Why is it that Bank Holidays always seem like the perfect time to take on those DIY jobs around the house & garden? Maybe it’s an inbuilt British mentality or just clever marketing from savvy brands.
On a bit of a whim last August Bank Holiday, because, I had that one extra days holiday, I decided to be one of those DIY geeks, set myself a mini project & make-over my garden furniture. As you do.
My ageing garden bench was looking decidedly lacklustre & in need of some colour to cheer up the corner of the garden.
I had recently acquired a plant potter from a work event painted in Cuprinol Garden Shades forget-me-not which is a lovely cheerful bluey-lilac shade.
I decided this was my happy colour & I wanted to paint my bench. Basically, all I needed was another plant potter to position either side of the bench. It’s all about symmetry, right? Obviously, there are a few other bits & bobs you need before cracking on with a DIY paint job, so, here are my top pieces of kit for painting wooden garden furniture:
Tools for the Job:
1.Cuprinol Gaden Shades – Forget-Me-Not
Currently priced at £22 each for 2.5 litres or x2 for £30 from B&Q.
You can’t go wrong with the No Nonsense set of 5 synthetic paint brushes from Screwfix. They come in 5 sizes, which make them perfect for getting into those nook & crannies.
Set aside a clean garden cane or stick for stirring your paint.
The ones I bought from B&Q are currently £20 for the 33 x 33 cm size.
5.Sandpaper & blocks
Thankfully my Dad always has sandpaper & blocks readily available as a true ‘Weekend Warrior’ DIYer. However, you can buy a roll of sandpaper for £9.99 from Screwfix.
6.Newspaper & Cardboard
Save old newspapers or cardboard boxes to cover & protect your paving. If you’re anything like me, the paint will get everywhere – especially when you’re trying extra hard to be neat & tidy.
Onto the fun bit… the colouring in!
Painting Wooden Garden Furniture:
1.Check the weather
Sounds simple, but before you take on an outdoor painting job, make sure you check the weather & have a few dry days ahead of you so you can give your paint job the chance to dry.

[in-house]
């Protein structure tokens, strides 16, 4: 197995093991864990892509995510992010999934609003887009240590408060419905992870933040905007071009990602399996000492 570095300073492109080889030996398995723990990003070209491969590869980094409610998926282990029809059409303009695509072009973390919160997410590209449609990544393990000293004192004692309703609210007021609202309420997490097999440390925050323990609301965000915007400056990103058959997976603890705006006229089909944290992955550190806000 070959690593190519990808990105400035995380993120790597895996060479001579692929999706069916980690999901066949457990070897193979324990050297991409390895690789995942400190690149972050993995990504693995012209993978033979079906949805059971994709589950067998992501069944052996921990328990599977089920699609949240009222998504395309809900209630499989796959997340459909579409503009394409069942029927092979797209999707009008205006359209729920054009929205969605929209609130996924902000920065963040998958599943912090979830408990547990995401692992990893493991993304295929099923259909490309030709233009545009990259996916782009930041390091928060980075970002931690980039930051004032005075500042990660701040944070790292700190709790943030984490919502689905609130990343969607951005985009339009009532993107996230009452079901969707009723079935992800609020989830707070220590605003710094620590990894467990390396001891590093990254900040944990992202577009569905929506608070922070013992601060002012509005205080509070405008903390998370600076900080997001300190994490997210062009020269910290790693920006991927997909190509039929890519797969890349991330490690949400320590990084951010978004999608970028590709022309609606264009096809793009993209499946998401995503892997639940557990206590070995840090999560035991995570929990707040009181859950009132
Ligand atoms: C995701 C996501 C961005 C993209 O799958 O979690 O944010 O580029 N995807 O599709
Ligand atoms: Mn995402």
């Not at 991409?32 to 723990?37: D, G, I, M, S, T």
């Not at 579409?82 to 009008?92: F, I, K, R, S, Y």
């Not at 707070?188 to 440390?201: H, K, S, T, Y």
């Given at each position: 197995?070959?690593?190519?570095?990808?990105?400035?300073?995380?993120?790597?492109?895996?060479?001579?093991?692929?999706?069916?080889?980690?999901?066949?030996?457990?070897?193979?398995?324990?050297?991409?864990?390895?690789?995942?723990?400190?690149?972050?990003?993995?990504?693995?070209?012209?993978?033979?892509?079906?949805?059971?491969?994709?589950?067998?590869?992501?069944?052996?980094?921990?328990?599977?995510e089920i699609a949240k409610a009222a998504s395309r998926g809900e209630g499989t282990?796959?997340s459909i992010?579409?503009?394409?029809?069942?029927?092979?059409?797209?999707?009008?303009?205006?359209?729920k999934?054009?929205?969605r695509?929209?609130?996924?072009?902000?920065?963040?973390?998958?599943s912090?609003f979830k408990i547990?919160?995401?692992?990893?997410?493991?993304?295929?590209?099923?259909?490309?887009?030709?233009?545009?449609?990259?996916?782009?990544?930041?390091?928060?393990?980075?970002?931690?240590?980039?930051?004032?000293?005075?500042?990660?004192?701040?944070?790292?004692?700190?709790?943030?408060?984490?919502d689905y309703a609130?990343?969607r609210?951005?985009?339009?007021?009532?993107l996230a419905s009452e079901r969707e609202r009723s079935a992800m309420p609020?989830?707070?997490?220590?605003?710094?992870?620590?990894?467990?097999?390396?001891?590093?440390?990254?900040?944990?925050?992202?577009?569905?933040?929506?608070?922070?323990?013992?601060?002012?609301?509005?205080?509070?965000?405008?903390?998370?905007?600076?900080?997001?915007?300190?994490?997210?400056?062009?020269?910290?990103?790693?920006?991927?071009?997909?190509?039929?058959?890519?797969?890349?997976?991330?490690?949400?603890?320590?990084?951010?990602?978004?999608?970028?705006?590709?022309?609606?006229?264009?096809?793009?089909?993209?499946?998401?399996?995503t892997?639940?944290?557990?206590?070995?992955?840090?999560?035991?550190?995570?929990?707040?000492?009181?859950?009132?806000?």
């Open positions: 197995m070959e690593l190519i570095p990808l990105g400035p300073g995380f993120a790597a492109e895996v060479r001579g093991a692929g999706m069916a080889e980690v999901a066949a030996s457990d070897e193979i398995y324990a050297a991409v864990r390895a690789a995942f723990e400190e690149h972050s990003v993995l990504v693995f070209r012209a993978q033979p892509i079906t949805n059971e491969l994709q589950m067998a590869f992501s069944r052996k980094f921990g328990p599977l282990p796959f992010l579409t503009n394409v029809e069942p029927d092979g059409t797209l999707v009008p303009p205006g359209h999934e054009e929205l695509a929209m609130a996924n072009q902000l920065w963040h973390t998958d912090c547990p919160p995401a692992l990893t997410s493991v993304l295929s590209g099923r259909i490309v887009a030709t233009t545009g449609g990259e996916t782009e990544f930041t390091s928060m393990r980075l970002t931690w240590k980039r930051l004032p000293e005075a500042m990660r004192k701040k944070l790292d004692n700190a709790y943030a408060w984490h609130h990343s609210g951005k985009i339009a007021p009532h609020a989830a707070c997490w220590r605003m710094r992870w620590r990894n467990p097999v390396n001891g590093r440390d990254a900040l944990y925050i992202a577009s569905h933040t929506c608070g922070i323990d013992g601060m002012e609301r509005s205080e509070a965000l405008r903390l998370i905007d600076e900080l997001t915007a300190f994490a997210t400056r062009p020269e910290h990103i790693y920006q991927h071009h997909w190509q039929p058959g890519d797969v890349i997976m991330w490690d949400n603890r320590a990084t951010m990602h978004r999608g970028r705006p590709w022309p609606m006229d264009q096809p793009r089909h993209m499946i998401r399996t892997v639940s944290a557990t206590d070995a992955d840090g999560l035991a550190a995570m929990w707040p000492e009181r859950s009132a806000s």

Depending on how dirty or dusty your furniture is, it’s best to wash down the wooden furniture with some soapy water or get a brush to remove those pesky cobwebs.
Find yourself a good flat piece of the ground whether its pavement, the lawn or in the garage. I chose my paving slabs outside the kitchen & covered them with cardboard & horse feed sacks which I’d cut open to get max space coverage. & make sure you wear an old t-shirt & trousers so you don’t get splattered with paint.
Depending on the state of the wood, you’ll need to give your wooden furniture a quick sand down. According to my dad, this is so there is a ‘key’ for the paint to take to. Sandpapering is also a good workout for the bingo wings – bonus!
5.Painting & Patience
Now’s the fun part! Firstly, make yourself a good brew to have while you work.
Before applying your paint, use a stick or clean garden cane to stir your paint, which will make sure you have a lovely consistent colour.
Choose a suitable sized brush & start applying your chosen paint. Don’t be too hasty & load the brush up otherwise it gets globby & paint will go everywhere. For the first coat you’ll need about an hour whilst applying your paint to every nook & cranny of the bench. Painting the plant potter didn’t take as long – more like 10-15 minutes as I was only painting the outside.
Once you’ve applied the first coat of paint, leave your garden furniture to dry for about an hour, enough time for your knees to recover & make another cuppa!
I found the garden bench needed 3 coats of paint as it’s an older wood, whereas the plant potter only needed 2 coats to reach my ideal shade of blue. This is where the patience is needed & a few more cups of tea!
I love my re-vamped garden furniture, it really brightens up the corner of my garden. All I need to do now is buy some plants for the planters this Bank Holiday!
What do you think? Do you have any projects coming up over the Bank Holiday? Or if you have any questions about re-vamping your garden furniture – get in touch!